Vale: Dr Robert Cook AM

12/11/1928 - 22/08/2020

As a highly accomplished oral and maxillofacial surgeon, Bob Cook (BDSc 1952, MDSc 1958) was a major figure and leader of the specialty nationally and internationally. He was highly respected as a teacher and mentor to many trainees and junior surgeons.

Bob served as President of the Australian and New Zealand Association of Oral and Maxillofacial Surgeons from 1981-1983. Elected as the first Australian President of the International Association of Oral and Maxillofacial Surgeons from 1992 to 1995, he highlighted Australia in the international arena and brought international innovations to our country. His service to the profession was recognised with the award of Member of the Order of Australia in 1989.

After moving to the eastern suburbs of Melbourne from Bluff, on the southern coast of New Zealand, Bob was accepted to study dentistry at the University of Melbourne in 1948. He attended both Mildura and Melbourne campuses and in later years was a resident of Ormond College, graduating in 1952.

After serving as the first Resident Dental Officer at The Royal Melbourne Hospital in 1953, Bob travelled to the United Kingdom for further surgical training at The Eastman Dental Hospital in London, which was the British hub of postgraduate dental education at the time.

When Bob completed the MDSc (Melb) in Oral Surgery, he was appointed as oral surgeon to four Melbourne public hospitals: The Royal Melbourne, Western General, Prince Henry’s and Preston and Northcote Community Hospital, to which he provided on-call services for facial trauma. Many of these calls were the result of motor vehicle accidents because seatbelts were not common at the time and drivers and passengers were often propelled through the windscreen during an accident, causing severe facial injuries.

Eventually Bob restricted his trauma load to Royal Melbourne Hospital where he became Head of Unit in 1971, a position he held until 1988. In this post he supervised the training of a generation of oral and maxillofacial surgeons in Victoria and attracted trainees from all over Australia to come to Melbourne and learn from him.

Bob was an innovative surgeon who advanced the care and correction of patients with both acquired and developmental facial deformities. In 1964, following a study visit to Hugo Obwegeser’s Unit in Zurich, he performed the first mandibular osteotomy (reconstruction of the lower jaw to correct a severe bite and facial deformity) in Australia, several years before these procedures were adopted in the United States. This early pioneering work set the scene for the rapidly developing field of orthognathic (corrective jaw) surgery, in collaboration with orthodontists. He was also integral to the development of the multi-disciplinary model of care for head and neck cancer patients at the Royal Melbourne Hospital, that combined the expertise of general, ear nose and throat, plastic and oral and maxillofacial surgeons.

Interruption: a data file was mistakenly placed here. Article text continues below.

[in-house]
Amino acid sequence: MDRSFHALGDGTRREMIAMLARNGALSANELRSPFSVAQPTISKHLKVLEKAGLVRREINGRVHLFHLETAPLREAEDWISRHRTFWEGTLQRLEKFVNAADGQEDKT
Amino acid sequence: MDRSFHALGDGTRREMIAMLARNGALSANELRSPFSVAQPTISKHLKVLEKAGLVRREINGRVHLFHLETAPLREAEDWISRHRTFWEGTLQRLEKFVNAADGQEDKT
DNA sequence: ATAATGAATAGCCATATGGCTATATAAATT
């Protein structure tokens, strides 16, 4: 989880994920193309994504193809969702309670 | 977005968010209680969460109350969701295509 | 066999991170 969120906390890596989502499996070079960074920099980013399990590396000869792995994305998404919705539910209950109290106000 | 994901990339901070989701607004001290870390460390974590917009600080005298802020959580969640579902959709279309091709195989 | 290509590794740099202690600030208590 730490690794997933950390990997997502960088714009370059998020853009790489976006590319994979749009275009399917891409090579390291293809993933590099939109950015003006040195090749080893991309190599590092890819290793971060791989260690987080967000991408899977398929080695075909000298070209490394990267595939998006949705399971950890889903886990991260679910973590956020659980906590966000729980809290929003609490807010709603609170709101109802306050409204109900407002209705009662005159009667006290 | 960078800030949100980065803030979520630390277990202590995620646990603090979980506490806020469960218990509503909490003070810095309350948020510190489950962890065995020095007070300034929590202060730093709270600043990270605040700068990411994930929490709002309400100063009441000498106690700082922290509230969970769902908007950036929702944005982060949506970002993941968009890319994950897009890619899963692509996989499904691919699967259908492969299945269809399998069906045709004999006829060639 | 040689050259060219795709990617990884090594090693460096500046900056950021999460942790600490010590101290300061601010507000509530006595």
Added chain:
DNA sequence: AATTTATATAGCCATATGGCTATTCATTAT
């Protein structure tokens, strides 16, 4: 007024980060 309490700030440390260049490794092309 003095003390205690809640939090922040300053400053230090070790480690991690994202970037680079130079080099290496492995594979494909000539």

Bob was a highly energetic, enthusiastic and thoughtful practitioner and was regarded as a skilful, quick surgeon who led by example. As observed by many of his colleagues, he had a steel trap memory for detail, recalling names of those he met, often only fleetingly.

As President of the Victorian Branch of the Australian Dental Association in 1964 he actively participated in building a relationship between the profession and government through committee work. Always a team player, he was instrumental in establishing and examining the Specialty Fellowship in Oral and Maxillofacial Surgery, within the Royal Australasian College of Dental Surgeons.

At the University of Melbourne, he taught and examined at undergraduate and postgraduate levels. He supported the development of the MDSc in OMS and assisted in guiding the University processes to adopt the FRACDS(OMS) as a national standard. His lasting legacy at the University of Melbourne is the establishment of The Robert and Gillian Cook Family Award for enrolled post-graduate students to support research in oral and maxillofacial surgery.

Always a devoted family man, Bob is survived by his wife Gillian, children Hamish, Alistair, Matthew, Kirsten and nine grandchildren. His broadly rounded life of service and commitment was well-lived. He will be remembered fondly by his family, friends and colleagues. RIP

Professor David Wiesenfeld,  
Professor Andrew Heggie AM  
(both former trainees with Bob) and  
Mr Hamish Cook, Bob’s eldest son.